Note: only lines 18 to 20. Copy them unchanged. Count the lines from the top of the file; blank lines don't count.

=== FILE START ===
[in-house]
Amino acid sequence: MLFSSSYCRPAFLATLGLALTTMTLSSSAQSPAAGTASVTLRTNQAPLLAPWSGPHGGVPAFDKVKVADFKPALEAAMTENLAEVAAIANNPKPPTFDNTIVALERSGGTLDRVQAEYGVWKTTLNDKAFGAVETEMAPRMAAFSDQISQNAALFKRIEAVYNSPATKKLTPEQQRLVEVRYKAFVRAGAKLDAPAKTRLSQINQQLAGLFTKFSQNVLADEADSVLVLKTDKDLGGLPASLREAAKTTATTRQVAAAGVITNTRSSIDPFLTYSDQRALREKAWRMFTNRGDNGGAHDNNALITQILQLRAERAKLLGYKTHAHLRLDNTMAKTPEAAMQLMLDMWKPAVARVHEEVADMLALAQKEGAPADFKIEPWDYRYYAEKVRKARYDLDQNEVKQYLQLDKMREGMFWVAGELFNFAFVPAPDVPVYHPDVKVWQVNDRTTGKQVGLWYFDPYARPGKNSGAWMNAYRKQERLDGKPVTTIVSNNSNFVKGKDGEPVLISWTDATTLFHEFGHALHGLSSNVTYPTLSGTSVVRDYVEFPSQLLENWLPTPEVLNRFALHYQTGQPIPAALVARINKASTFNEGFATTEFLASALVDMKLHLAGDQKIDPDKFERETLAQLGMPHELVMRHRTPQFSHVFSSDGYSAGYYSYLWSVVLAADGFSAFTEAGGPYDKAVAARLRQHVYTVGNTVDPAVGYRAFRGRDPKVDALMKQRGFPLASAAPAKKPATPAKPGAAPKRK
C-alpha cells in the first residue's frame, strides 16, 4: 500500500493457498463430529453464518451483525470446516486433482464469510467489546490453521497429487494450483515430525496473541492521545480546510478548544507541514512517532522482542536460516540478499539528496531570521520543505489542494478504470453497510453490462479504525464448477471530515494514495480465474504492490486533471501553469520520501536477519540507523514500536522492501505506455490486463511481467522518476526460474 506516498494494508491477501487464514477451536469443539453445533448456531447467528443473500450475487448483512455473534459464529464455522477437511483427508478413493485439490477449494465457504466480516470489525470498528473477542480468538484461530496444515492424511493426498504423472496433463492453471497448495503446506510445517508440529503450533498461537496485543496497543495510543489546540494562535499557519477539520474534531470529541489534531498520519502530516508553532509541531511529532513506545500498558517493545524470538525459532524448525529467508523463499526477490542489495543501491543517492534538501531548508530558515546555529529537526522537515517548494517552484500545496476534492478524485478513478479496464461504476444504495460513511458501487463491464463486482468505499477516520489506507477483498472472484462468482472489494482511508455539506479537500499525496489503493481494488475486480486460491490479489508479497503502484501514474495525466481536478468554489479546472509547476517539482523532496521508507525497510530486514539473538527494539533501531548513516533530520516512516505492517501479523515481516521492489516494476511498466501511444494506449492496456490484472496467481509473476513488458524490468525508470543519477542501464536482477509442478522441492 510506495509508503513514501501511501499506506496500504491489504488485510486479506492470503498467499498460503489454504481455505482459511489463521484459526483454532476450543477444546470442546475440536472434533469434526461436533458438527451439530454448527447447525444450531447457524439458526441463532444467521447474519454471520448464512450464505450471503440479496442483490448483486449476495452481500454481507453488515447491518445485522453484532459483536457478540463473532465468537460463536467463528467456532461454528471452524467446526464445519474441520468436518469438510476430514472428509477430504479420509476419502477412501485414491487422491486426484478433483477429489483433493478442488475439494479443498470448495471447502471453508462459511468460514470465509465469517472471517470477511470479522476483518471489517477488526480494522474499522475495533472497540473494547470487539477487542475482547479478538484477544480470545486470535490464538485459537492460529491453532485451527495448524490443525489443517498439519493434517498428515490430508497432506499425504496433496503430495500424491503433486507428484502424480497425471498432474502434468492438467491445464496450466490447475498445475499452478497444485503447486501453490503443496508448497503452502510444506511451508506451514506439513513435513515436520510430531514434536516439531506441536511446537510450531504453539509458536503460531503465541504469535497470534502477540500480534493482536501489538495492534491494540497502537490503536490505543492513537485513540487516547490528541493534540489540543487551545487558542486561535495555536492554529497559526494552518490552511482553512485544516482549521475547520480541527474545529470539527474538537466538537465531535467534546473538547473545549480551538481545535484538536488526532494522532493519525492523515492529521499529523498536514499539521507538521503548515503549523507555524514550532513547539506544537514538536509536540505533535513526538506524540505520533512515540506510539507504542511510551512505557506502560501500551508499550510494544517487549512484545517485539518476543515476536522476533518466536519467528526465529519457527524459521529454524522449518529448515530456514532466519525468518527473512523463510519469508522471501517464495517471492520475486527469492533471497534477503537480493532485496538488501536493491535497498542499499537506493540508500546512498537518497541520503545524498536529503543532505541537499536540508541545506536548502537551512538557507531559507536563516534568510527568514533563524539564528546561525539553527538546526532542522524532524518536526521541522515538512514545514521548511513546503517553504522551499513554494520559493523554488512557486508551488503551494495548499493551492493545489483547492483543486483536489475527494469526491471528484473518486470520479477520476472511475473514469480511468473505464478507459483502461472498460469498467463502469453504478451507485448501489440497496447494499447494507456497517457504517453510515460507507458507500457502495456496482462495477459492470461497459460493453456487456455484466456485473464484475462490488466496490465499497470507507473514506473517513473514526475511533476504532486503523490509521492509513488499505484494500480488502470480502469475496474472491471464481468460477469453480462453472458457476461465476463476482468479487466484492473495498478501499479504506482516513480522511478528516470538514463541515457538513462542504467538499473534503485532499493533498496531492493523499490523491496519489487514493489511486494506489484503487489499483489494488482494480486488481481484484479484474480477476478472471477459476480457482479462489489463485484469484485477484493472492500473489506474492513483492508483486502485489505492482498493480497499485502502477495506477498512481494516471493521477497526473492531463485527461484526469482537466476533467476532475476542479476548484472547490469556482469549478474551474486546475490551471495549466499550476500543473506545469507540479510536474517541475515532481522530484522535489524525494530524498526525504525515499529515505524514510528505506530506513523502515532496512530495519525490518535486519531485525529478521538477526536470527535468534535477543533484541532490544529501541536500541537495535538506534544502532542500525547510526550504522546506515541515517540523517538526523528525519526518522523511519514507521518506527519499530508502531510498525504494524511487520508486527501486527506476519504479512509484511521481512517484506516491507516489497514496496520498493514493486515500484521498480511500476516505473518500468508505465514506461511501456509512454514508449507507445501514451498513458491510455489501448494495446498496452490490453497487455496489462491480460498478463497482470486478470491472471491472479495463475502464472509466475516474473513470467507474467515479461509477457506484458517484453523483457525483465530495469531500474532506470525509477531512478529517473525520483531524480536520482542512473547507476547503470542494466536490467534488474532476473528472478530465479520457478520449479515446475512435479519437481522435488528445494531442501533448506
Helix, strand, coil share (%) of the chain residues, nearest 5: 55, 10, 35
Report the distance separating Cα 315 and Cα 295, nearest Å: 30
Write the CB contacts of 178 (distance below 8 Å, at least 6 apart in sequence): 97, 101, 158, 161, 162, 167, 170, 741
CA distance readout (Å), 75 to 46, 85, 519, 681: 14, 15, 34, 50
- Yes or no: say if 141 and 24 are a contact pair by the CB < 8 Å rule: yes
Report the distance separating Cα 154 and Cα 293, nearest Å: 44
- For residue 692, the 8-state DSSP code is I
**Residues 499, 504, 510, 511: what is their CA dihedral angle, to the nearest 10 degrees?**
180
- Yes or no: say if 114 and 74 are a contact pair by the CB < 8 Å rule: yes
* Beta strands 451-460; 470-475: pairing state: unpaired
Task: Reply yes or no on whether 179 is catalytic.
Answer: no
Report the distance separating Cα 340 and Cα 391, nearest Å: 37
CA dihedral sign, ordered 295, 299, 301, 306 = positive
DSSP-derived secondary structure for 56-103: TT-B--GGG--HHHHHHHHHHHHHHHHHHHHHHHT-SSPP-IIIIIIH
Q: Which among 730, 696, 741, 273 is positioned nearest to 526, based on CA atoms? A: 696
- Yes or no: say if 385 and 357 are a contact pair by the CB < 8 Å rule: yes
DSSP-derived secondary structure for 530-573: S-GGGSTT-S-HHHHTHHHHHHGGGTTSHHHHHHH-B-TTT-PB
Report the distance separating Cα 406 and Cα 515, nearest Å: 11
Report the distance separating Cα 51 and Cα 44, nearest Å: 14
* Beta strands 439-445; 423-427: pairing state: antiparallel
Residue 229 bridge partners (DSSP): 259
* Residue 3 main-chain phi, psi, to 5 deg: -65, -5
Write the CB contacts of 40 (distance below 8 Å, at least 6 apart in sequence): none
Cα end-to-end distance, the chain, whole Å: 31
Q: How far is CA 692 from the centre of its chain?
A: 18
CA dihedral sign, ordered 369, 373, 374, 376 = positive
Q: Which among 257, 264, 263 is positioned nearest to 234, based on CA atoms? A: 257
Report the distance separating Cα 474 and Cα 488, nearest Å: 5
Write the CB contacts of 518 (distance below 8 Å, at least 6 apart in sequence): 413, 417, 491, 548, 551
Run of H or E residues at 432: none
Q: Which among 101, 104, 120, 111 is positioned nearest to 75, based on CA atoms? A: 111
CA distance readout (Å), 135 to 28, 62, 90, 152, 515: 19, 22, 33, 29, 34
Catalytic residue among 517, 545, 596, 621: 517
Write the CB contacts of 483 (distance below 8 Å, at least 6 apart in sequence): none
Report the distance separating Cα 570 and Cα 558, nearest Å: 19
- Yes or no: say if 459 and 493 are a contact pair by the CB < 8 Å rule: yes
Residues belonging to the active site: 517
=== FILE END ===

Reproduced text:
CA dihedral sign, ordered 295, 299, 301, 306 = positive
DSSP-derived secondary structure for 56-103: TT-B--GGG--HHHHHHHHHHHHHHHHHHHHHHHT-SSPP-IIIIIIH
Q: Which among 730, 696, 741, 273 is positioned nearest to 526, based on CA atoms? A: 696